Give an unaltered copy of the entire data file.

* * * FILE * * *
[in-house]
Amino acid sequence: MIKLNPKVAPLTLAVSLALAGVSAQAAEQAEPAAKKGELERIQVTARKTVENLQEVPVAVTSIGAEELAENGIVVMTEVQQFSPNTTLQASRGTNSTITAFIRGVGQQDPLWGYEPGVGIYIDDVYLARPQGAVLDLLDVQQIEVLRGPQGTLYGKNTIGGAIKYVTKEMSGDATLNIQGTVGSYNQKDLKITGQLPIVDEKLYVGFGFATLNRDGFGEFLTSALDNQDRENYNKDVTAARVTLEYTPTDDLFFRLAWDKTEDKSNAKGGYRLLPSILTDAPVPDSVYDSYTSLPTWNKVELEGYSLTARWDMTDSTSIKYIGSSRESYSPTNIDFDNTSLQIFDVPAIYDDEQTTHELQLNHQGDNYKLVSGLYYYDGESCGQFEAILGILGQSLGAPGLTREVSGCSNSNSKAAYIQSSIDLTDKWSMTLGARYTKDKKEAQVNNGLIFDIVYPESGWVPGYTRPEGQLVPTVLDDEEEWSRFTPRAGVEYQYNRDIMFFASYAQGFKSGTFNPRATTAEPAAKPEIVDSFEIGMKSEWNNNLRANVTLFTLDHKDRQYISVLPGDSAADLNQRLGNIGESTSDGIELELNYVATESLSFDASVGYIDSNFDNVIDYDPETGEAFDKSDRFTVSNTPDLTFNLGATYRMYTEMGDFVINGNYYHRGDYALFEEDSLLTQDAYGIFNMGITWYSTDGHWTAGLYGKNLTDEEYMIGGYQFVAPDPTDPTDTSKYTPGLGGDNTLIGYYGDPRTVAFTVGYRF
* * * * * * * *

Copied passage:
[in-house]
Amino acid sequence: MIKLNPKVAPLTLAVSLALAGVSAQAAEQAEPAAKKGELERIQVTARKTVENLQEVPVAVTSIGAEELAENGIVVMTEVQQFSPNTTLQASRGTNSTITAFIRGVGQQDPLWGYEPGVGIYIDDVYLARPQGAVLDLLDVQQIEVLRGPQGTLYGKNTIGGAIKYVTKEMSGDATLNIQGTVGSYNQKDLKITGQLPIVDEKLYVGFGFATLNRDGFGEFLTSALDNQDRENYNKDVTAARVTLEYTPTDDLFFRLAWDKTEDKSNAKGGYRLLPSILTDAPVPDSVYDSYTSLPTWNKVELEGYSLTARWDMTDSTSIKYIGSSRESYSPTNIDFDNTSLQIFDVPAIYDDEQTTHELQLNHQGDNYKLVSGLYYYDGESCGQFEAILGILGQSLGAPGLTREVSGCSNSNSKAAYIQSSIDLTDKWSMTLGARYTKDKKEAQVNNGLIFDIVYPESGWVPGYTRPEGQLVPTVLDDEEEWSRFTPRAGVEYQYNRDIMFFASYAQGFKSGTFNPRATTAEPAAKPEIVDSFEIGMKSEWNNNLRANVTLFTLDHKDRQYISVLPGDSAADLNQRLGNIGESTSDGIELELNYVATESLSFDASVGYIDSNFDNVIDYDPETGEAFDKSDRFTVSNTPDLTFNLGATYRMYTEMGDFVINGNYYHRGDYALFEEDSLLTQDAYGIFNMGITWYSTDGHWTAGLYGKNLTDEEYMIGGYQFVAPDPTDPTDTSKYTPGLGGDNTLIGYYGDPRTVAFTVGYRF